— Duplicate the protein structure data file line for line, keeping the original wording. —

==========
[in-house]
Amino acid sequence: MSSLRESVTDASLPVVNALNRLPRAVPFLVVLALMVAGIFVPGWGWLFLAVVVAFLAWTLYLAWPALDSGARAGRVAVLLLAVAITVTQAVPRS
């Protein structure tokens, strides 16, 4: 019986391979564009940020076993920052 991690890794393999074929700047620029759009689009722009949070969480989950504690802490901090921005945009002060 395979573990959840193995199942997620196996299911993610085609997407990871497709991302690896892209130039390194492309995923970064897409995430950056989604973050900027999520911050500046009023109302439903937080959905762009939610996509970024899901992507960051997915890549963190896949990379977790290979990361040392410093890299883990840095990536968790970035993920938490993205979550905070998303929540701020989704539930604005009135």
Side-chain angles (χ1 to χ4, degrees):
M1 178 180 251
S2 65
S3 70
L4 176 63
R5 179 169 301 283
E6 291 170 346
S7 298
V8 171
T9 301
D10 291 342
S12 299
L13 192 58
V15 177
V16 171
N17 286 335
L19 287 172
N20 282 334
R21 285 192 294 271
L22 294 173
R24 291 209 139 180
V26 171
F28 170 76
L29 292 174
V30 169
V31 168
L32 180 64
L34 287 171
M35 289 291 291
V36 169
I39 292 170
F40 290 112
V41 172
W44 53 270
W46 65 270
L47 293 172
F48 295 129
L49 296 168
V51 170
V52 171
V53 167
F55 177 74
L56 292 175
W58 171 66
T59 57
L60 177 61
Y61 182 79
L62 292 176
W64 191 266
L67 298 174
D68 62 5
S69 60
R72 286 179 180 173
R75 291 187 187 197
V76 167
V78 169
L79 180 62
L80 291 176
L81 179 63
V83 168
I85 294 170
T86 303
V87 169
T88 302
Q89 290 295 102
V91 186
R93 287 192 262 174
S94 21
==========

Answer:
[in-house]
Amino acid sequence: MSSLRESVTDASLPVVNALNRLPRAVPFLVVLALMVAGIFVPGWGWLFLAVVVAFLAWTLYLAWPALDSGARAGRVAVLLLAVAITVTQAVPRS
């Protein structure tokens, strides 16, 4: 019986391979564009940020076993920052 991690890794393999074929700047620029759009689009722009949070969480989950504690802490901090921005945009002060 395979573990959840193995199942997620196996299911993610085609997407990871497709991302690896892209130039390194492309995923970064897409995430950056989604973050900027999520911050500046009023109302439903937080959905762009939610996509970024899901992507960051997915890549963190896949990379977790290979990361040392410093890299883990840095990536968790970035993920938490993205979550905070998303929540701020989704539930604005009135």
Side-chain angles (χ1 to χ4, degrees):
M1 178 180 251
S2 65
S3 70
L4 176 63
R5 179 169 301 283
E6 291 170 346
S7 298
V8 171
T9 301
D10 291 342
S12 299
L13 192 58
V15 177
V16 171
N17 286 335
L19 287 172
N20 282 334
R21 285 192 294 271
L22 294 173
R24 291 209 139 180
V26 171
F28 170 76
L29 292 174
V30 169
V31 168
L32 180 64
L34 287 171
M35 289 291 291
V36 169
I39 292 170
F40 290 112
V41 172
W44 53 270
W46 65 270
L47 293 172
F48 295 129
L49 296 168
V51 170
V52 171
V53 167
F55 177 74
L56 292 175
W58 171 66
T59 57
L60 177 61
Y61 182 79
L62 292 176
W64 191 266
L67 298 174
D68 62 5
S69 60
R72 286 179 180 173
R75 291 187 187 197
V76 167
V78 169
L79 180 62
L80 291 176
L81 179 63
V83 168
I85 294 170
T86 303
V87 169
T88 302
Q89 290 295 102
V91 186
R93 287 192 262 174
S94 21